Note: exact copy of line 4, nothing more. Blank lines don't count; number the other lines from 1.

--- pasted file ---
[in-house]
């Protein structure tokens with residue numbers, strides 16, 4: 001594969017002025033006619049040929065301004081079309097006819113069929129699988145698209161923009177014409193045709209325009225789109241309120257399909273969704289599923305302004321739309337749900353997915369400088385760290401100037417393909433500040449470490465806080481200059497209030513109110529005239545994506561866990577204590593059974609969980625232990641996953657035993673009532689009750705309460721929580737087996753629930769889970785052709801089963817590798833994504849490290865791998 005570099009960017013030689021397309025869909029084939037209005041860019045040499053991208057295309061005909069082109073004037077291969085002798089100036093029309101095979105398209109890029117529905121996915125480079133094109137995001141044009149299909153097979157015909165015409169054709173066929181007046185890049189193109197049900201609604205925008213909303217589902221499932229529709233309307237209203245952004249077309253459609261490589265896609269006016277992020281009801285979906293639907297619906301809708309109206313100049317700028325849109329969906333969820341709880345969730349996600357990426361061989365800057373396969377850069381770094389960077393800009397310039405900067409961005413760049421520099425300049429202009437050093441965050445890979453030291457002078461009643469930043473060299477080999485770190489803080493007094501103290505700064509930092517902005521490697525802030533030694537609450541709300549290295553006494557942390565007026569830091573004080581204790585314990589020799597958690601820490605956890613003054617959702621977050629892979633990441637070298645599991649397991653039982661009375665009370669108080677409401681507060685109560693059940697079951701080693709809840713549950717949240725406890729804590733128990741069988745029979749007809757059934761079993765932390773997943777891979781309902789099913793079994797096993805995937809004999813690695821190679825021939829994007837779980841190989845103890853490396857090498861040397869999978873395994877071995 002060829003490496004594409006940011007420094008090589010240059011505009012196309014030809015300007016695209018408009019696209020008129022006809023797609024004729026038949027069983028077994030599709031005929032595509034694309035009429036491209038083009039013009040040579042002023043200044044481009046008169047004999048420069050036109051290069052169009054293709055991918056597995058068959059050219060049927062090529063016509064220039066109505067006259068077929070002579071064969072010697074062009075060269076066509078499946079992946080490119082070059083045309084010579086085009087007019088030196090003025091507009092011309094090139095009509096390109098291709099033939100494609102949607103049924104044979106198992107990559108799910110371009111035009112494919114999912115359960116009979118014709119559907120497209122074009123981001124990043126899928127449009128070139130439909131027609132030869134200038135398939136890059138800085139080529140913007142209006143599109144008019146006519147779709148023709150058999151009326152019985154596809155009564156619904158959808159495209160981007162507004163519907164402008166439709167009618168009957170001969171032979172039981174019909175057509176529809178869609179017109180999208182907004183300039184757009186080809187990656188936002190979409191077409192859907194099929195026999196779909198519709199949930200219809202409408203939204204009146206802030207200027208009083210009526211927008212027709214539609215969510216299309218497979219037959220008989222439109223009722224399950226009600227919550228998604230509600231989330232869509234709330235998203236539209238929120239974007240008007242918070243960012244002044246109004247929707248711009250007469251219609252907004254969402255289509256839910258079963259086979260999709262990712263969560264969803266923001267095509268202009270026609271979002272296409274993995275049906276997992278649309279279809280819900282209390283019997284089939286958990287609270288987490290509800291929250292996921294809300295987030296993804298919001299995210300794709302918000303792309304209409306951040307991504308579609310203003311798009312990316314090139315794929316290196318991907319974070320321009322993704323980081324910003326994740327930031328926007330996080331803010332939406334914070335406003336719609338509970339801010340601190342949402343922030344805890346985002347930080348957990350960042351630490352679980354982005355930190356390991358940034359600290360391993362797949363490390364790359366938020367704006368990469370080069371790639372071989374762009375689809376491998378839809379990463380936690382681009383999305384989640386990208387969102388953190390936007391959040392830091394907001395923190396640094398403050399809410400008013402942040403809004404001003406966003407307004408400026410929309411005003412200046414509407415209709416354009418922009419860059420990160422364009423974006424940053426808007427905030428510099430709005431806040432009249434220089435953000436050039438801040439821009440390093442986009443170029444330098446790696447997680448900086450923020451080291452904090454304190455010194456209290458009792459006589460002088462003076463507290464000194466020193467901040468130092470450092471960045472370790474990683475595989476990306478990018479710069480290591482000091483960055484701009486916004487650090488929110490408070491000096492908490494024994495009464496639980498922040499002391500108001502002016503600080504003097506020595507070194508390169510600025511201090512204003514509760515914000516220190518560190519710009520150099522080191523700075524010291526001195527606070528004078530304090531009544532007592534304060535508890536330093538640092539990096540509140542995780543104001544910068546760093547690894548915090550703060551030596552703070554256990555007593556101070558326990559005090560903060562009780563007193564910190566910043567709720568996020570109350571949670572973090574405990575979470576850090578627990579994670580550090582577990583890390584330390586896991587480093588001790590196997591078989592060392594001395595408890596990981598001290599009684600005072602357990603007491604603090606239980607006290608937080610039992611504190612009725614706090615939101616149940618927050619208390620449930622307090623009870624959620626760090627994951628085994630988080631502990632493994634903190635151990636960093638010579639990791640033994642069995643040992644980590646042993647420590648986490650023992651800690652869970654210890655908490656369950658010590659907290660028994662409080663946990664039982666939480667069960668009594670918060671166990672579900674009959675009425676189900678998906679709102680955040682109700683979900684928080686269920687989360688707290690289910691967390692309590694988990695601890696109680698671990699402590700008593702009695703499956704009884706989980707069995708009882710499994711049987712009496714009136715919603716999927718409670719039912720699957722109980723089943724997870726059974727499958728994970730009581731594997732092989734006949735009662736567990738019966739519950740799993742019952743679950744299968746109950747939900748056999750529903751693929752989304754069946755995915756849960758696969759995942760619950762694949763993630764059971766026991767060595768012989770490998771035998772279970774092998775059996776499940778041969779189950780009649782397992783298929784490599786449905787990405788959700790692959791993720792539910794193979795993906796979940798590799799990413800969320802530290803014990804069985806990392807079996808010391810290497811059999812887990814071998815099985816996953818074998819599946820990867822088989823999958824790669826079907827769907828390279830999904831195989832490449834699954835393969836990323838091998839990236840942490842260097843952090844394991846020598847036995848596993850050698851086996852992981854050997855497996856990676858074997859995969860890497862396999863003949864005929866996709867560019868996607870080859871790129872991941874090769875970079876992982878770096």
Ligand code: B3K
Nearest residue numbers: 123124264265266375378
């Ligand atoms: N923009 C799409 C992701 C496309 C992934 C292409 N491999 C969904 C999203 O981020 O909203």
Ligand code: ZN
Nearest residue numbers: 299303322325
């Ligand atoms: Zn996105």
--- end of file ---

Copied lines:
Nearest residue numbers: 123124264265266375378